Pensioner bonds with National Savings and Investments “set to plummet”

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Pensioner bonds set to plummet! One year after savers were offered a deal of which the likes have not been seen since well before the days of the financial crisis, research from a leading money adviser has discovered that more people may be less than encouraged to put money into savings accounts because of the poor rates available in 2016.

The National Savings & Investments (NS&I) pensioner bonds, marketed as the 65+ guaranteed growth bonds when they were made available in January 2015, were initially a massive success, with just under half a million people signing up for the one-year deal that paid an impressive 2.8% interest.

However, Moneyfacts has highlighted the fact that when these pensioner bonds  matured on January 15th, savers with NS&I who did not migrate this bond were automatically transferred to another one of the company’s products, which pays nearly half of the original deal’s value – just 1.45%.

Moneyfacts went on to explain that savings rates, when measured by the average easy-access cash Isa rate, hit a “record low”; the typical Isa rate has dropped from 1.52% in January 2013 to 1.25% at the same point in 2015, then to 1.13% in 2015, and finally to 1.06% at the start of this year.

Charlotte Nelson, a finance expert at the organisation, said: “Many savers wanting to start building a nest egg will look towards highly flexible easy access savings accounts and ISAs, but anyone looking at the rates available today will perhaps question the benefit of saving at all.”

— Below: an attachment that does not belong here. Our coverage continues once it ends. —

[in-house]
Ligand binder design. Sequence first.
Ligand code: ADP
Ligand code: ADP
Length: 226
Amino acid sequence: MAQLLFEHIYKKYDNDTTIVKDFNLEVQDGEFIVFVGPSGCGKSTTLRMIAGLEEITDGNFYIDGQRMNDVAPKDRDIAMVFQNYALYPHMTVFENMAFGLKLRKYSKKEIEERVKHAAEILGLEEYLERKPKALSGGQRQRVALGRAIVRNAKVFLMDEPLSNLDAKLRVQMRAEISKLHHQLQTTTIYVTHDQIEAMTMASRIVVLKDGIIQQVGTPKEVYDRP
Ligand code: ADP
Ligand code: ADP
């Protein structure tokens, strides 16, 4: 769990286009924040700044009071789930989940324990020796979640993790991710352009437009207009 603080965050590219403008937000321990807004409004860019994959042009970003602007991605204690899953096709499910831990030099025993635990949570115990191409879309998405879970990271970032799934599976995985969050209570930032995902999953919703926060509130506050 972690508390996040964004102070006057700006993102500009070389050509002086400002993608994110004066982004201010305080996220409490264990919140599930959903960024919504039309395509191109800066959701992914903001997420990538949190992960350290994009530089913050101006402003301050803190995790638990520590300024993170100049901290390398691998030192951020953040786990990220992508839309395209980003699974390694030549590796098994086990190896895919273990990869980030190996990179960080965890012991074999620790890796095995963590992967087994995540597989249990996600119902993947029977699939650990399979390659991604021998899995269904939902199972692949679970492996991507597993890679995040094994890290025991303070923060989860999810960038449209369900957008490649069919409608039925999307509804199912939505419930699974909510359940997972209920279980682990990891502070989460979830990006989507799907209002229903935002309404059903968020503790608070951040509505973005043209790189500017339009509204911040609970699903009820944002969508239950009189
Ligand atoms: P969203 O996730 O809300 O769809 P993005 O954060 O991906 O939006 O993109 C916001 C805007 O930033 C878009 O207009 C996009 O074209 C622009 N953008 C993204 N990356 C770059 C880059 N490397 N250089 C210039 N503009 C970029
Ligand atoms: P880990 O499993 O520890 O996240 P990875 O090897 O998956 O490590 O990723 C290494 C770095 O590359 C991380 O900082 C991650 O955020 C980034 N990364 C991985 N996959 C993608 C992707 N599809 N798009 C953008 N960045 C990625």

In light of the changes, Moneyfacts recommended that people may want to look at high-interest current accounts as a source of pensioner bonds saving. Should people only have a small amount of money they want to bank, a number of options on the market offer up to 5%, paying out “far more than even the best savings account on the market”.

Meanwhile, consumer champion Which? looked into alternative savings accounts on behalf of those affected. However, it was quick to underline that there are no one-year fixed-rate deals that are able to match the 2.8% AER originally promised by NS&I. It said the best deal on the table was the 2.12% AER given by a FirstSave 1-Year Bond, but to qualify, people would need another FirstSave product to get it. Otherwise, Aldermore and Bank of Baroda top the Which? Money Compare tables, as both offer deals of 2% AER.